Barriers to doing business internationally
The top five barriers to doing international business, according to Canadian international SMEs surveyed, are as follows: 1) Concern about dealing in foreign currencies (25 per cent); 2) difficulty in maintaining strong customer and vendor relations from afar (24 per cent); 3) lack of knowledge, contacts and experience of overseas markets (22 per cent); 4) competition in overseas markets (21 per cent); and a three-way tie for 5) complexity of certain international markets, local regulations and legal complexities, and reliability of overseas partners (16 per cent).
Emerging versus developed markets
The decline in confidence within developed markets has brought the overall global index down, while emerging markets indicated sustained growth. In fact, emerging markets continued to hold a positive local economic outlook with almost half (43 per cent) forecasting an increase in the growth of their local economy over the next six months. In developed markets, only 12 per cent predicted an increase in local economic growth over the next six months, while 26 per cent predicted a decrease. Increases in recruitment and capital expenditures remain largely stable globally, with 33 per cent of emerging market SMEs planning to increase their staffing (vs. 17 per cent in developed markets) and 48 per cent planning to inject more into investments over the next six months (vs. 27 per cent in developed markets).
SMEs expanding internationally in the next two years
Research findings show the number of SMEs across the globe conducting international business activities is expected to expand from 29 per cent to 40 per cent by 2013. The increase is driven by domestic SMEs, 18 per cent of which plan to become international by 2013. International SMEs are demonstrating aggressive cross-border expansion plans with almost half (48 per cent) intending to expand their international operations in the next two years to increase revenue.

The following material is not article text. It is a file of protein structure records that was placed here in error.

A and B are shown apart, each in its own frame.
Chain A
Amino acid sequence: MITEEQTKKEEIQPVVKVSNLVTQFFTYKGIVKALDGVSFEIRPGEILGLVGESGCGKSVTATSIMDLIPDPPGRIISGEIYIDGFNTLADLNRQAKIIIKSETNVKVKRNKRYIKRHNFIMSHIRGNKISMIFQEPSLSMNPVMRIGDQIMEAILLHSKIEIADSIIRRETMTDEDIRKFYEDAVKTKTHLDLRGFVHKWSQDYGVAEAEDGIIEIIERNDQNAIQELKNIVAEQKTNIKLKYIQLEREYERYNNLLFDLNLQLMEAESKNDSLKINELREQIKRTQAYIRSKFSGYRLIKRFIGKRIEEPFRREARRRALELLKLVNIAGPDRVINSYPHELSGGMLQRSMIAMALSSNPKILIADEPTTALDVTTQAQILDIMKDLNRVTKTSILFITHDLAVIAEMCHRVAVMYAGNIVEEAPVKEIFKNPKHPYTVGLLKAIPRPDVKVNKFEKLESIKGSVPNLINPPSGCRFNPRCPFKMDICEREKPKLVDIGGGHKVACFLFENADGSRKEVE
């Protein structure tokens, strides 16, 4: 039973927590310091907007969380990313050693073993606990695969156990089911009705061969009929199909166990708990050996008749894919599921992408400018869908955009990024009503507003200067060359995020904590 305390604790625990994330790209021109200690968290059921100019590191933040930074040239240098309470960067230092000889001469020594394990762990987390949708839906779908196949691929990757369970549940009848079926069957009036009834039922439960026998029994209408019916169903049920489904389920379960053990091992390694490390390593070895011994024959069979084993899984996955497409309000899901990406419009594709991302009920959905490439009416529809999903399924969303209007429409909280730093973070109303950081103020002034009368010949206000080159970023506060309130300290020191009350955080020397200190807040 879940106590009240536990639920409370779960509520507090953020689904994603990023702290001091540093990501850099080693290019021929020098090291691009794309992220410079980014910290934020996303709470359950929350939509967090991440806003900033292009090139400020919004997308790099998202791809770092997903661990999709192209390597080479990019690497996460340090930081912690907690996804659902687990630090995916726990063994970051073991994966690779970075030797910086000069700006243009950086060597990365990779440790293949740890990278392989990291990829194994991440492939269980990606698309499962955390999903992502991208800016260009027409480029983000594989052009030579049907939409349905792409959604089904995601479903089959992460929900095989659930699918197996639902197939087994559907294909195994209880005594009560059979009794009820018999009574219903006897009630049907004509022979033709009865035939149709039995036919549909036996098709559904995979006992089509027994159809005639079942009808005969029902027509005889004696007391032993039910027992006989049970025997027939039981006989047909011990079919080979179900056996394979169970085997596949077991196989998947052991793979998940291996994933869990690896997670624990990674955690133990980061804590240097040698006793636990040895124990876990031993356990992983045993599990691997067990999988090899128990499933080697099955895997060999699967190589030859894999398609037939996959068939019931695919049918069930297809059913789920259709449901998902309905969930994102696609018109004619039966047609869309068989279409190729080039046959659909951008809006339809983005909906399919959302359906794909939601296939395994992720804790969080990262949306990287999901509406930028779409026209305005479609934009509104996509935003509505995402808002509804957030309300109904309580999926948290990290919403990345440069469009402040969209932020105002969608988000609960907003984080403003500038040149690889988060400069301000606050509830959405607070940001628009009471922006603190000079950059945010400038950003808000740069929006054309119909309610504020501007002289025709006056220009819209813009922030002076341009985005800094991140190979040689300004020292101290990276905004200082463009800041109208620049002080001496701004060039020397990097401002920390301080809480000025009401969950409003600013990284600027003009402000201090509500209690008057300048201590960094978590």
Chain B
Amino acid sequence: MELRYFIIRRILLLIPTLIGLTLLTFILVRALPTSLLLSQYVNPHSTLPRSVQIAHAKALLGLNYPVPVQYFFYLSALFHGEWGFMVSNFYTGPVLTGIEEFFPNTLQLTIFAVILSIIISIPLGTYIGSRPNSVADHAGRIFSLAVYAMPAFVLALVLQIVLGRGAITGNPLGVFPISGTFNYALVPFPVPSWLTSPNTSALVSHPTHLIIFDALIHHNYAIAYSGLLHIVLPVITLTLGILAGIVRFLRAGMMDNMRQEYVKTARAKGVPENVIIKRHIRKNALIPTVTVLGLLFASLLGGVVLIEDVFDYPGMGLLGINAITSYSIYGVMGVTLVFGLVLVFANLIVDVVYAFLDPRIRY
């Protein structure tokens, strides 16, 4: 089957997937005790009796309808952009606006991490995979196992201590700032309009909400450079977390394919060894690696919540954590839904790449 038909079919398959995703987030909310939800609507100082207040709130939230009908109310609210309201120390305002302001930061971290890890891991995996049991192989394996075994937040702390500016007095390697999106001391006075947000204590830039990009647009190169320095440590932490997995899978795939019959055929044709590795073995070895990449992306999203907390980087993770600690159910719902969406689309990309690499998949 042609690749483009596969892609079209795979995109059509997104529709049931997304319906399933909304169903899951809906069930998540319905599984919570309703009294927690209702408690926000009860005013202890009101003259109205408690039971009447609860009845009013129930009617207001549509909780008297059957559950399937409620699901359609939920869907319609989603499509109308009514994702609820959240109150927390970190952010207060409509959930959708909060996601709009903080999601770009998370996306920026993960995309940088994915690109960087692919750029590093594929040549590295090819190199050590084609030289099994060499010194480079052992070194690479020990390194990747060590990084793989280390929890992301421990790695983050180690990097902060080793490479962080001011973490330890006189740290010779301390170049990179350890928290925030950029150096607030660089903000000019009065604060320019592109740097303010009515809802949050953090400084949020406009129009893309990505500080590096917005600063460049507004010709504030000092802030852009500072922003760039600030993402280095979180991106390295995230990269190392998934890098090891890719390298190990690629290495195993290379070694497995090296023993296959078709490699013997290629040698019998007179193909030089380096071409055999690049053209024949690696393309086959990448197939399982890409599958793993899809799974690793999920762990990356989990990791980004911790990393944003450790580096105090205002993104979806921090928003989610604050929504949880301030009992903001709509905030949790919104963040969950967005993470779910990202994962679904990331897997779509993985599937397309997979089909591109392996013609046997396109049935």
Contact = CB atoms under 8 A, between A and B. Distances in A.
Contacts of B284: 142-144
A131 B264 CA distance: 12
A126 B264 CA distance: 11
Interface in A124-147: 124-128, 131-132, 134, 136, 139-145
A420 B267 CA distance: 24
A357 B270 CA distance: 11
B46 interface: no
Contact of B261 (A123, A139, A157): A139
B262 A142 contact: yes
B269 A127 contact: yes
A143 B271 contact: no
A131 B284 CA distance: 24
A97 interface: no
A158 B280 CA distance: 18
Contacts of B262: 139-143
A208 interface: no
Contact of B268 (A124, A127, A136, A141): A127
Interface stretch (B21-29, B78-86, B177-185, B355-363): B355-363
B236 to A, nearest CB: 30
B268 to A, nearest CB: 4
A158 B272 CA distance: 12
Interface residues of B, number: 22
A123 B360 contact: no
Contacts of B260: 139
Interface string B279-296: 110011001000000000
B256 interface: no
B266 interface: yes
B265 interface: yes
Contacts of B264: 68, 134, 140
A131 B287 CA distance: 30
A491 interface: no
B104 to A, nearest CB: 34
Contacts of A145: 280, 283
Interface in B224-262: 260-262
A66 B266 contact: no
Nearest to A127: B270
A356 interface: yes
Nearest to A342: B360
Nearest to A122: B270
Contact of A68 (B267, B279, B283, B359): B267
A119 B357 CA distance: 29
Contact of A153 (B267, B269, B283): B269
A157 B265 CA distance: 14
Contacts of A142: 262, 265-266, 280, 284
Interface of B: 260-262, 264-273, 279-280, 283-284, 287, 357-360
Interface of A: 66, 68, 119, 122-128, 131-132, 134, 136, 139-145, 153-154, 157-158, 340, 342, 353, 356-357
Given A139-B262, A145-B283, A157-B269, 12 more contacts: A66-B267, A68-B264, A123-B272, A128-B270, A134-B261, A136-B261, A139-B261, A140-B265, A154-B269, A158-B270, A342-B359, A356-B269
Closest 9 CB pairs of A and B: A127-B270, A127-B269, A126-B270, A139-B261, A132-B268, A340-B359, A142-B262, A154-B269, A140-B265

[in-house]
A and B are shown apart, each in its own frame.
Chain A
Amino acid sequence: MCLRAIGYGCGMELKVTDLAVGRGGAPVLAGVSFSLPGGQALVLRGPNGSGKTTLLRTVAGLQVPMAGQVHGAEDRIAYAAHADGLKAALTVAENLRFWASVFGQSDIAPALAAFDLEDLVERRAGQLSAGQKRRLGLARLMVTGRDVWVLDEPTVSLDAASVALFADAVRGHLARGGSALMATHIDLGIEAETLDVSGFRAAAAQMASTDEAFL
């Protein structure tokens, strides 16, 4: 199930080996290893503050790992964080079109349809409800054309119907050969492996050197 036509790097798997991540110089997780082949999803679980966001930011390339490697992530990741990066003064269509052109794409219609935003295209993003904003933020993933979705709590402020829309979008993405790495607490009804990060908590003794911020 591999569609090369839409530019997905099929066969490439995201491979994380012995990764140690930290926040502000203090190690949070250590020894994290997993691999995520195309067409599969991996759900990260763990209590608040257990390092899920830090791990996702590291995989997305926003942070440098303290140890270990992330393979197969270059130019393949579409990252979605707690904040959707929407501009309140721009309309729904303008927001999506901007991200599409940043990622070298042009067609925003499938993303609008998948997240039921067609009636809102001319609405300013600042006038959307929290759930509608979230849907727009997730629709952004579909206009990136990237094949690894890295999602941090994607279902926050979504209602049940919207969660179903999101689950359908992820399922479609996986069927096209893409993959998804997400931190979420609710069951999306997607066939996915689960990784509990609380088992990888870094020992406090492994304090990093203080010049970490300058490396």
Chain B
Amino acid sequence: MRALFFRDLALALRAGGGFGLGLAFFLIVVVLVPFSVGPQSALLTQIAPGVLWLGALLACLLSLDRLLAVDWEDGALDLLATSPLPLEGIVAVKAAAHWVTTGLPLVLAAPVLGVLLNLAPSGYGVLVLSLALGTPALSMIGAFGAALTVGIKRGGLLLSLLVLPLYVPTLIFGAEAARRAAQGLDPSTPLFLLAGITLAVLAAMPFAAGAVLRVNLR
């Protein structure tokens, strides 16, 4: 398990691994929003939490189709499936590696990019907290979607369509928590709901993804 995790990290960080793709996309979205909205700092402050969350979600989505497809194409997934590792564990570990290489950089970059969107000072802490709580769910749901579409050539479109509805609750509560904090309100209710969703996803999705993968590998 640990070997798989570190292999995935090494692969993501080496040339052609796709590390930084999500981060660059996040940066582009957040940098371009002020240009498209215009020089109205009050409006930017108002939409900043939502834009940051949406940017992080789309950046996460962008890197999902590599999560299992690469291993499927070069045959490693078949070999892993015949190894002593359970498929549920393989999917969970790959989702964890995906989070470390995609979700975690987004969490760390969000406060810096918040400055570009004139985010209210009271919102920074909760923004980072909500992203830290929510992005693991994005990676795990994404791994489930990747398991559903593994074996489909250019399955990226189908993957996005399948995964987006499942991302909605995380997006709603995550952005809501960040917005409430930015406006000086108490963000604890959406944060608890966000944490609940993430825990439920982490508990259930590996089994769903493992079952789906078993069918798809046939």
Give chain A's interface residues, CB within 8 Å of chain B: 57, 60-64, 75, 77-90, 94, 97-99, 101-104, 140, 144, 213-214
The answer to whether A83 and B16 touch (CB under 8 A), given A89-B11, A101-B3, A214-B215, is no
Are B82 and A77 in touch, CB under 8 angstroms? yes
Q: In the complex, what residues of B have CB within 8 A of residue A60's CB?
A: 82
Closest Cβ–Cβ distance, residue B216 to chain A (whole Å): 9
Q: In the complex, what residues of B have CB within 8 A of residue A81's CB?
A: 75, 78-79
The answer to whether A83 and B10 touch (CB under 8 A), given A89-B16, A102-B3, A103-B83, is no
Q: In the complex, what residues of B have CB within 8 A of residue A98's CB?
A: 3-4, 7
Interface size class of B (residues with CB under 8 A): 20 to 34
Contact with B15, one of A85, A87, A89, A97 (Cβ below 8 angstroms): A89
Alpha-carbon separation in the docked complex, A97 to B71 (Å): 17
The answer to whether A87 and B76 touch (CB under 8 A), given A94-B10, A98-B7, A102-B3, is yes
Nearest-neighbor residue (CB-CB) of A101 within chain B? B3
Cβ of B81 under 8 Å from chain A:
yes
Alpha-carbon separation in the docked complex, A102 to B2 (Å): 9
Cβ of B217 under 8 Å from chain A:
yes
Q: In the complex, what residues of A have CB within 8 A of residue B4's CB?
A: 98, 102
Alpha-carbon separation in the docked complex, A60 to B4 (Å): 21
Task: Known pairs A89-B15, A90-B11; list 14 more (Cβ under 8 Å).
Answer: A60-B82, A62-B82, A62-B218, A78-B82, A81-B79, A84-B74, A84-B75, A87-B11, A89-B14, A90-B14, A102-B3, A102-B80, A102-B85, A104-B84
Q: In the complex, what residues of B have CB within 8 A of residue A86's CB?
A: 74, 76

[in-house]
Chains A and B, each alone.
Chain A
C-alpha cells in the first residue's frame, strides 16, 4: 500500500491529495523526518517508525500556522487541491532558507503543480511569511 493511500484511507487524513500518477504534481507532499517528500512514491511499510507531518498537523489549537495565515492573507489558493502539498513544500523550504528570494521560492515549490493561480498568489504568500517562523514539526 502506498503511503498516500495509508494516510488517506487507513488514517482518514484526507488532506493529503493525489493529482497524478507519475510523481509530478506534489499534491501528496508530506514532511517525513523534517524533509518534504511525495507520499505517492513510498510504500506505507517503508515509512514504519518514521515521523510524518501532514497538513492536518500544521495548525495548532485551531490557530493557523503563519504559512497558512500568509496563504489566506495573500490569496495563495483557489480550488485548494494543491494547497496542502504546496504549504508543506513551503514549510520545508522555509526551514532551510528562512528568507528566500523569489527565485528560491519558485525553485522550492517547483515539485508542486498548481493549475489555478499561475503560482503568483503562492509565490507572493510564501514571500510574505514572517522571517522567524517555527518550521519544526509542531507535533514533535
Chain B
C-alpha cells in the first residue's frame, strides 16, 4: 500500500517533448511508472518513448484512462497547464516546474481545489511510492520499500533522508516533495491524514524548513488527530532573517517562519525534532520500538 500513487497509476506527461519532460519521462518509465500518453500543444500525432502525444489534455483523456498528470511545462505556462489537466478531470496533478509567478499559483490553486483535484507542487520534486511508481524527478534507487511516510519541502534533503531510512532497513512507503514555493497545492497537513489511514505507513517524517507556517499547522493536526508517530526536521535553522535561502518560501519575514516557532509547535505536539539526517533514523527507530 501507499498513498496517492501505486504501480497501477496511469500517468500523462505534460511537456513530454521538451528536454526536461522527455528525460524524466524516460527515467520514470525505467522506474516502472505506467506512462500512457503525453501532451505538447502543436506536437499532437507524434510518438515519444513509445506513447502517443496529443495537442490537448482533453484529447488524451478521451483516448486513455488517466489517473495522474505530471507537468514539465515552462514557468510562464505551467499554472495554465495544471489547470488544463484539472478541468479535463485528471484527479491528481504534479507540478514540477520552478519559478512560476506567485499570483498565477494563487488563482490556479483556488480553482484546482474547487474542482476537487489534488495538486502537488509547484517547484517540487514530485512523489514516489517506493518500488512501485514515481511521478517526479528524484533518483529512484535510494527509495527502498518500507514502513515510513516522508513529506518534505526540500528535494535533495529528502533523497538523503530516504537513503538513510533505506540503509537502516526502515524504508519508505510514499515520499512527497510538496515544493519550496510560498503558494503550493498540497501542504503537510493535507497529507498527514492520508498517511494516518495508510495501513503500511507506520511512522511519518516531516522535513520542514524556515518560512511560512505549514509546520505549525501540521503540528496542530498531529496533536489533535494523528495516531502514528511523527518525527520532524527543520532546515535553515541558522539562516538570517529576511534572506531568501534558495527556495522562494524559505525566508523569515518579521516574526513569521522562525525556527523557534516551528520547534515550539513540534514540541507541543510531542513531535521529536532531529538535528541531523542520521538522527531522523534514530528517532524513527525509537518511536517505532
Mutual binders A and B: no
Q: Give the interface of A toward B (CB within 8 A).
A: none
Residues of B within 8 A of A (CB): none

About the survey
The semi-annual HSBC Small Business Confidence Monitor gauges the six-month outlook of SMEs on local economic growth, capital investment plans and recruitment. This edition of the survey captures the views of 6,389 SMEs across 21 markets in North America, Asia, the Middle East, Europe, and Latin America – the largest international survey of its kind. The survey was conducted in November and December 2010, with a sampling error of +/- 5.7 per cent, at a 95 per cent confidence interval.
About HSBC Bank Canada
HSBC Bank Canada, a subsidiary of HSBC Holdings plc, has more than 260 offices, including over 140 bank branches, and is the leading international bank and trade finance bank in Canada. With around 8,000 offices in 86 countries and territories and assets of US$2,418 billion at 30 June 2010, the HSBC Group is one of the world’s largest banking and financial services organizations.
For further information:
Vice President, Corporate Affairs
HSBC Bank Canada
|Fabrice de Dongo
Senior Manager, Public Affairs
HSBC Bank Canada